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This little beaut here is the work of 'supergroup' The Magnetic North', which seems primarily to be under the capable direction of Erland "& the Carnival" Cooper, driven to creativity by a visit from a dead girl from the 1770s in a dream, who "told him to make an album about the Orkney Islands. She even handed him a list of track names and played him some excerpts from the finished album." Well, there you go! One of the tracks is named after the girl in question, so my guess is that she's a bit self-centred.
Anyway, to make this psychogeographical snapshot Erland enlisted friends Hannah Peel and Simon Tong as well as various musicians from the island community itself, making for quite a lively, richly orchestrated bit of pastoral indie pop where strings and brass and subtle electronics. You'd think an album about a remote Scottish island would be quite desolate but actually the first thing that's striking me here is how much affection seems to have been invested in it. The arrangements are lush and tasteful and although some of the songs are somewhat downbeat it's not glumming me out like I thought it might, instead coming across as a picture of a vibrant community with a rich cultural heritage. There's a good mix of modern playfulness and timeless neoclassical-inflected songwriting that keep things interesting throughout despite the radio-friendliness of the material, with the vocal loops and stuttering electronics of shimmering closer 'Yesnaby' being a particular highlight for me. Cooper's rich, deep voice is well complemented by Peel's silky backing vocals throughout and the overall effect is kind of makes me think of a more lush, sensuous take on the recent King Creosote & Jon Hopkins material. Well worth a listen if you're into melodic, composed indie pop.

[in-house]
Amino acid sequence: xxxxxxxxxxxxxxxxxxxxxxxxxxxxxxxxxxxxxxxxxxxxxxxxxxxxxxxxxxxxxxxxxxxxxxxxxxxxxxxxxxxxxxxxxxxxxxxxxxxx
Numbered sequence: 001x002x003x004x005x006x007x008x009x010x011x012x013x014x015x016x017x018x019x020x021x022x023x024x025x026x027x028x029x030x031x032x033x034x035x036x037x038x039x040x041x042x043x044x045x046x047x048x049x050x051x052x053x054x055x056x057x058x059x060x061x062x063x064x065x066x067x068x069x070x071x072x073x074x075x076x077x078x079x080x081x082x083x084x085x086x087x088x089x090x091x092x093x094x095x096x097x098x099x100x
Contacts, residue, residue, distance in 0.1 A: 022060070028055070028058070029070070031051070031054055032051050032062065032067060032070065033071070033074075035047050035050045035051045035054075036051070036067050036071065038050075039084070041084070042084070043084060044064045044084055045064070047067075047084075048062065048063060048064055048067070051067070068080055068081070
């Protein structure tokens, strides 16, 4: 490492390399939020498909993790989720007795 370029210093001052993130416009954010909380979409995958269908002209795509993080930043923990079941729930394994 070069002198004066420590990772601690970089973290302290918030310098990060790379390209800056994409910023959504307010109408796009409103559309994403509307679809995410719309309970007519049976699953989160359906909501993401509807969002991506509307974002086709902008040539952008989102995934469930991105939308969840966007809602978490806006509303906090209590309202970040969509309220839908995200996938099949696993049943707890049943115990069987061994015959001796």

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- Orkney: Symphony of the Magnetic North by The Magnetic North
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